The Office of the Ombudsman has found probable cause to file a complaint against former Camarines Norte governor Jesus Typoco before the Sandiganbayan for his alleged involvement in the fertilizer fund scam.
The case is on his alleged violation of Section 3(e) of Republic Act 3019 or the Anti-Graft and Corrupt Practices Act.
In finding probable cause, the office said in its resolution that “Typoco cannot simply be exempted because he was then busy campaigning for the upcoming elections” adding that “as governor and public official, he is accountable for his actions relative to the contract he entered into.”
The office likewise found ground to charge seven others, including former provincial accountant Maribeth Malaluan; former Bids and Awards Committee (BAC) members Jose Atienza, Lorna Coreses, Cesar Paita, Rodolfo Salamero, Jose Rene Ruidera, and; Alex Rivera of Hexaphil Agri-ventures, Inc. for alleged violation of Section 3(e) of the anti-graft law and violation of 65.3(1) of RA 9184 or the Government Procurement Reform Act.
“[T]he acts of public respondents may appear independent but the same were in fact concerted and cooperative, indicating closeness of personal association, concerted action and concurrence of sentiments which would not have been consummated if not for the participation and concerted efforts of all public respondents,” Ombudsman Conchita Carpio Morales explained.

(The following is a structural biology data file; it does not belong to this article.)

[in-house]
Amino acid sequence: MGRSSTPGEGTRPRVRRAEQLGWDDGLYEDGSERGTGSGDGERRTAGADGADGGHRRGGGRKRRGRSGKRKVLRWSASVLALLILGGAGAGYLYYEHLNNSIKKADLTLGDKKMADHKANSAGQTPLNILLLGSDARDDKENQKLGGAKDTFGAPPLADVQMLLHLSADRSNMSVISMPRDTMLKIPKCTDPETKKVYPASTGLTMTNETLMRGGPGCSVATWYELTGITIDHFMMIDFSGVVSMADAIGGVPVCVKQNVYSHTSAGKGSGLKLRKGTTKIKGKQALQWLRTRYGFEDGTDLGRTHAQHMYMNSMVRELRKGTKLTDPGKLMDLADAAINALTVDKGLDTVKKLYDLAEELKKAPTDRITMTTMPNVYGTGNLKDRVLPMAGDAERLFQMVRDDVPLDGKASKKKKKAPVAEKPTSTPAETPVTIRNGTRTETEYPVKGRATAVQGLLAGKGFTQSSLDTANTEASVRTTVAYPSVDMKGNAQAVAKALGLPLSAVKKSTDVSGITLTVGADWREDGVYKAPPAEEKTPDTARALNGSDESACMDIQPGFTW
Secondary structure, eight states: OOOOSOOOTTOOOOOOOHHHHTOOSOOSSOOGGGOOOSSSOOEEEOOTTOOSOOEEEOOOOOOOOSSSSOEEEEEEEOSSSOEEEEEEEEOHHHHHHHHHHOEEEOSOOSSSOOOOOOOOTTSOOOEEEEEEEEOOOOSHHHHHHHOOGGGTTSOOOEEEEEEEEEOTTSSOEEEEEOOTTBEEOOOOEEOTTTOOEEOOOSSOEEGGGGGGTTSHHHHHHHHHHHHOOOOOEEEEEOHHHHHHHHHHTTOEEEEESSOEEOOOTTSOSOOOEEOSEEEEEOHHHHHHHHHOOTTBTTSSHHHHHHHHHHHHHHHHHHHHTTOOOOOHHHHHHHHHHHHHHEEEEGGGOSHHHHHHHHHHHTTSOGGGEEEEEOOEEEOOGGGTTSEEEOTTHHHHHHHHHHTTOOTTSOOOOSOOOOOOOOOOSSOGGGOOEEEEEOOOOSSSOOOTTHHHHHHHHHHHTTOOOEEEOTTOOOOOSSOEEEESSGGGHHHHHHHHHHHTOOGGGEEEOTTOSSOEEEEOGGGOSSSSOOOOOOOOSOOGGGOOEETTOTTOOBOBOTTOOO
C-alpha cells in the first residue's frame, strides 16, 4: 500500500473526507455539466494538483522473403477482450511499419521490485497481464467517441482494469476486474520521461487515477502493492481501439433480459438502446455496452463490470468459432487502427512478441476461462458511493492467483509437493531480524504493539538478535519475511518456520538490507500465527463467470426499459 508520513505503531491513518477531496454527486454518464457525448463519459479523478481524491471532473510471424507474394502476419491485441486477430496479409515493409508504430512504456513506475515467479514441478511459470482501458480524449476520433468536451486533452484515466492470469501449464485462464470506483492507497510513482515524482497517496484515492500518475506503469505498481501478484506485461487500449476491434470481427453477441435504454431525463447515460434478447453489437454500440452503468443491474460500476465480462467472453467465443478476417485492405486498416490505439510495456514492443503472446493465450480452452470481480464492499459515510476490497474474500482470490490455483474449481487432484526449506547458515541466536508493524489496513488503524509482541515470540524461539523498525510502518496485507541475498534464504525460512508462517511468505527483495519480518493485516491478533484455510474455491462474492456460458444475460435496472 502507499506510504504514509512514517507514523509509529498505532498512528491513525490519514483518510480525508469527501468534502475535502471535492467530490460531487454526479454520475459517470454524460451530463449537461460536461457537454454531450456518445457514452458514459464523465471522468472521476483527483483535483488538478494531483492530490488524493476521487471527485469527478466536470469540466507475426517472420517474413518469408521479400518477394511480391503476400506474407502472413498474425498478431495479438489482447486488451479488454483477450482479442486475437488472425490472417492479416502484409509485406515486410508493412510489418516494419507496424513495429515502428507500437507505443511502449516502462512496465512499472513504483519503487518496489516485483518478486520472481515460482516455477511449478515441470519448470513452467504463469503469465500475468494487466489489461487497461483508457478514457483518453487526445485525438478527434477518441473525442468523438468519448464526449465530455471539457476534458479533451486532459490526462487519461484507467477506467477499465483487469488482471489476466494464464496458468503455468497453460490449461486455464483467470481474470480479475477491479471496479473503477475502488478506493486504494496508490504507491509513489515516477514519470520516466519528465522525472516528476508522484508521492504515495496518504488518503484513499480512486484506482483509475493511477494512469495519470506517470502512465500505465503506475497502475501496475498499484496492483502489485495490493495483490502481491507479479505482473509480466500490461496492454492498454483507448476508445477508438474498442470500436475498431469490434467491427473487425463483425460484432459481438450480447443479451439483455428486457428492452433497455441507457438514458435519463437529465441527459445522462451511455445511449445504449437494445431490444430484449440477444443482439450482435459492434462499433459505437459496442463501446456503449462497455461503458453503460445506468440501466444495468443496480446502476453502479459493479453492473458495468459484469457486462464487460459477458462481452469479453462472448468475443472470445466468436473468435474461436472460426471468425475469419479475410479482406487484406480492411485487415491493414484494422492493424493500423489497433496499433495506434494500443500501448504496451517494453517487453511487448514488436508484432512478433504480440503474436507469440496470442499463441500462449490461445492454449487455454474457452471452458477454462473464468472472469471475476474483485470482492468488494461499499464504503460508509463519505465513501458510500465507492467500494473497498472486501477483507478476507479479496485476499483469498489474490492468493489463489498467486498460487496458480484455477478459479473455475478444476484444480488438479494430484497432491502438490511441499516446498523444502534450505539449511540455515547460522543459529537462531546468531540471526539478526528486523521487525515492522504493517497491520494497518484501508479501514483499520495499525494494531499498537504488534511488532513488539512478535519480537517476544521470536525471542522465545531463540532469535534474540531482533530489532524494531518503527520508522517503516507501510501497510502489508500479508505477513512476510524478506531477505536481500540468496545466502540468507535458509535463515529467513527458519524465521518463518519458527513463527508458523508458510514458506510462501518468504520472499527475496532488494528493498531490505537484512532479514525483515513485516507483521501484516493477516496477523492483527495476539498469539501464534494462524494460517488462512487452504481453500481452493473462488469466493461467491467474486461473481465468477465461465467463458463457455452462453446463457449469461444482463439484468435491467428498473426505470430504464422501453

The Ombudsman said Camarines Norte province received P4 million for the purchase of agricultural supplies and P1 million for vegetable seeds in 2004.
“Sometime in March 2004, Rivera offered their product Hexaplus liquid fertilizer to Typoco claiming that the firm is an exclusive distributor of the product sold at P700 per bottle,” it said in a statement.
The Department of Agriculture regional office later executed a memorandum of agreement with Typoco on April 1, 2004 and on April 16, 2003, Typoco and the BAC awarded the purchase of 7,142 bottles of fertilizer to Hexaphil allegedly without public bidding.
The Ombudsman said that it found out that Hexaphil was allegedly not a legitimate company because it had no business permit or license to operate, and was not registered with the Department of Trade and Industry, Securities and Exchange Commission or the Bureau of Internal Revenue.
Also, Hexaphil “cannot be located in the declared busi- ness address.”
The office further noted that the “respondents did not exercise diligence in the conduct of its market probe prior to the award of contract,” and that there was alleged reference to brand names which is prohibited under RA 9184 as well as “questionable resort to direct contracting.”
The respondents can still file a motion for reconsideration on the matter.